A new paper (PDF) that I co-authored with Sorina Itu on the analysis of serious games usage by INGOs as a means to foster virtual activism has just been published in the International Journal of Game-Based Learning . Sorina Itu deserves significant credit for this as she embarked on gathering data on which this paper is based on. Basically, this is about the battle between educators and entertainers specifically when it comes to gaming. This paper argues that the edutainment battleground has expanded to include actors outside formal schooling agencies, namely International Non-Governmental Organizations (INGOs) . These actors employ digital games with the aim to educate and activate towards specific social causes. These serious games are viewed to have tremendous potential for behavioral change through their interactive and persuasive aspects. This paper examines serious games deployed by certain prominent INGOs and analyzes the educative aspects of such new media platforms.
Showing posts with the label social change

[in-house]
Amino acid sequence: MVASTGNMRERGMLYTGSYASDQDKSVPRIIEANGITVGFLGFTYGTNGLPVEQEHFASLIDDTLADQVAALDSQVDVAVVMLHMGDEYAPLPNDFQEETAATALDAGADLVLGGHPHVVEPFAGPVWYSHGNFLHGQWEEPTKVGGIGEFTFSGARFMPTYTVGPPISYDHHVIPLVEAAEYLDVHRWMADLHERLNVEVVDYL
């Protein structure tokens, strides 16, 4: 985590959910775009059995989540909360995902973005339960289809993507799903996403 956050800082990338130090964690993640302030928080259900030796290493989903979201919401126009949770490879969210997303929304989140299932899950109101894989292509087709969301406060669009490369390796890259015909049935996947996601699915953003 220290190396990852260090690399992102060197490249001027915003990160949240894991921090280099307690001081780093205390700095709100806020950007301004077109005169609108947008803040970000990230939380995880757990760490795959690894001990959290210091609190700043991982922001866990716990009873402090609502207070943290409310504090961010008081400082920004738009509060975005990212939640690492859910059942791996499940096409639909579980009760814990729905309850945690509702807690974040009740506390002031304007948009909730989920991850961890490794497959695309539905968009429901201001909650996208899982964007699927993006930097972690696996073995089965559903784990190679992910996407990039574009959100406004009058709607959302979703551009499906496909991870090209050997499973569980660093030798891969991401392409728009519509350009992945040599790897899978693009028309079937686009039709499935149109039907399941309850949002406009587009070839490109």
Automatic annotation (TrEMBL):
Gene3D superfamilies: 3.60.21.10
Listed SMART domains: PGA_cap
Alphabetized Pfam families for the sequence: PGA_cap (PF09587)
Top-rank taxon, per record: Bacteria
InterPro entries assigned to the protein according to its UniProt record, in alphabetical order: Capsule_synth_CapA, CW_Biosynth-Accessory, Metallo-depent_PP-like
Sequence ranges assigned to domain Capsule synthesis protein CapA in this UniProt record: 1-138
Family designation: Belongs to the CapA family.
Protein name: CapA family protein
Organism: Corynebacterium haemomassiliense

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Recently I was invited by the Department of Education at Michigan State University to give a public lecture and some interviews on how people learn to leisure and labor with new technologies in rural India. They did a wonderful job in capturing the interview through their multimedia portal IDEAPLAY , an excellent way to disseminate and share conversations that take place at this department. Below are the links for the interview: IDEAPLAY: Payal Arora on New Media, Society and Change PART 1 PART 2 PART 3 PART 4 PART 5 Learning to leisure and labor with new technologies in rural India There is an intricate relationship between leisure, labor and learning. Much is revealed from eight-months of ethnographic fieldwork on computer-mediated social learning in rural India. The role of educational institutions against informal learning spaces such as cybercafés in fostering digital engagements is explored. Issues of global knowledge constructions, plagiarism, and